As with every quadrant of San Francisco, diversity is the keynote here. This area encompasses the oldest money and the highest society of the city’s founding families, as well as some of the poorest of citizens. It takes in the staunchest pillars of the politically savvy – though true conservatives are a rarity in this progressive city – as well as the wildest let-it-all-hang-out free-thinkers. Then, too, there’s a considerable swathe of the comfortably middle-class who, like all San Franciscans, are simply intent on enjoying the beauties and pleasures of their great city.

Flower Power

In 1967 San Francisco witnessed the Summer of Love, including a 75,000-strong Human Be-In at Golden Gate Park. People were drawn here – many with flowers in their hair – by the acid-driven melodies of Jefferson Airplane, Janis Joplin, Jimi Hendrix, and The Doors. Love was free, concerts were free, drugs were free, even food and healthcare were free. Soon, however, public alarm, and too many bad trips, caused the bubble to burst.

Sights and Neighborhoods
  1. Golden Gate Park

    One of the largest, finest parks-cum-cultural centers in world. No visit to the city is complete without taking in some of its wonders.

    Golden Gate Park
  2. Union Street

    A neighborhood shopping street loaded with tradition, Union Street is noted for its sidewalk cafés, antiques shops, bookstores, and designer boutiques, housed in converted Victorian charmers. The street is at the heart of the Cow Hollow neighborhood, whose name invokes its antecedent as a dairy pasture .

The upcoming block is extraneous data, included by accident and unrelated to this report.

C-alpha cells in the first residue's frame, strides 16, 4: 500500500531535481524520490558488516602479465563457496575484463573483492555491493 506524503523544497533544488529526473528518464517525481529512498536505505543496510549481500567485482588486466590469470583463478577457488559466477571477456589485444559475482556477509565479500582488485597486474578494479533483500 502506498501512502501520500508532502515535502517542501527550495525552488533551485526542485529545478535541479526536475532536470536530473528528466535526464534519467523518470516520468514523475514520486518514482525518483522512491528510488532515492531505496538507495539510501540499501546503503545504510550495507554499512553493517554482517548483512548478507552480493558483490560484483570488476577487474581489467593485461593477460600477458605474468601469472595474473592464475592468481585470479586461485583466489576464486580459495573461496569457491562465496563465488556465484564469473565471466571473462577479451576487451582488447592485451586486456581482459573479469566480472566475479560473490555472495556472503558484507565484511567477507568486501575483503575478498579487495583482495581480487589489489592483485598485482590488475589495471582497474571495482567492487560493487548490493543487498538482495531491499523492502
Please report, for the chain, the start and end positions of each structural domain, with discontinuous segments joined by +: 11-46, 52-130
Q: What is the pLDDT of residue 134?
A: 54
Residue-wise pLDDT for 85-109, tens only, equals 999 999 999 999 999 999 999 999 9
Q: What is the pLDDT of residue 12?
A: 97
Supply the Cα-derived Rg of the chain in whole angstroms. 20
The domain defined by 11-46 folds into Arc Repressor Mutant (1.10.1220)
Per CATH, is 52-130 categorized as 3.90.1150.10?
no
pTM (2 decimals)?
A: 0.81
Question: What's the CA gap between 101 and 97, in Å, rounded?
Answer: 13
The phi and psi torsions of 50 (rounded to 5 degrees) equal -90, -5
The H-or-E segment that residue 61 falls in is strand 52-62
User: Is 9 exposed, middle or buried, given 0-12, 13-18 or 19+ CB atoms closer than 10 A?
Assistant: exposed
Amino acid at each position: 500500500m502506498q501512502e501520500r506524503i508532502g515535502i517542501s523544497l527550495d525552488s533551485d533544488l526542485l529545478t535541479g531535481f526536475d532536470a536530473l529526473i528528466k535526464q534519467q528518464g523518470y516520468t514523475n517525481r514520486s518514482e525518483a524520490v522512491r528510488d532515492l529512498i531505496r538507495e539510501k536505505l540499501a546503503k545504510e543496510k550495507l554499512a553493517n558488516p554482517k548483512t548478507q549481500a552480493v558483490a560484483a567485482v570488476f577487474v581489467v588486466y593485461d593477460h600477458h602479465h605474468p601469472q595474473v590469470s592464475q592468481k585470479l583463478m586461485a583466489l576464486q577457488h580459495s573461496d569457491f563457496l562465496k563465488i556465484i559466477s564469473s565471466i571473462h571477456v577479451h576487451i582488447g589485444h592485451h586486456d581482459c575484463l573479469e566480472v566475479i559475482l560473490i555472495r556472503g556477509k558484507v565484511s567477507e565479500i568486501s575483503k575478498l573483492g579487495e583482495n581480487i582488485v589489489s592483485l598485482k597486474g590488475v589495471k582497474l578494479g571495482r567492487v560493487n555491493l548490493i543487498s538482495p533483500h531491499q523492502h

3. Pacific Heights

    A grander, more exclusive residential area is hard to imagine. Commanding as it does heights up to 300 ft (100 m) overlooking the magnificent Bay, everything about it proclaims power and wealth. The blocks between Alta Plaza and Lafayette Park are the very heart of the area, but the grandeur extends from Gough to Divisadero and beyond. On a sunny day, there’s nothing more exhilarating than scaling its hills and taking in the perfectly manicured streets, the to-die-for views, and the palatial dwellings. The Spreckels Mansion, a limestone palace in the Beaux-Arts tradition, on Washington and Octavia streets, is the brightest gem of the lot, now owned by novelist Danielle Steele.

    Spreckels Mansion

    Typical house, Pacific Heights
  4. Japantown

    The Japan Center was built as part of an ambitious 1960s plan to revitalize the Fillmore District. Blocks of aging Victorians were demolished and replaced by the Geary Expressway and this Japanese-style shopping complex, with a five-tiered, 75-ft (22-m) Peace Pagoda at its heart. Taiko drummers perform here during the Cherry Blossom Festival each April. The extensive malls are lined with authentic Japanese shops and restaurants, plus an eight-screen cinema, and the Kabuki Springs and Spa. More shops and restaurants are found along the outdoor mall across Post Street. This neighborhood has been the focus of the Japanese community for some 75 years.

  5. Haight-Ashbury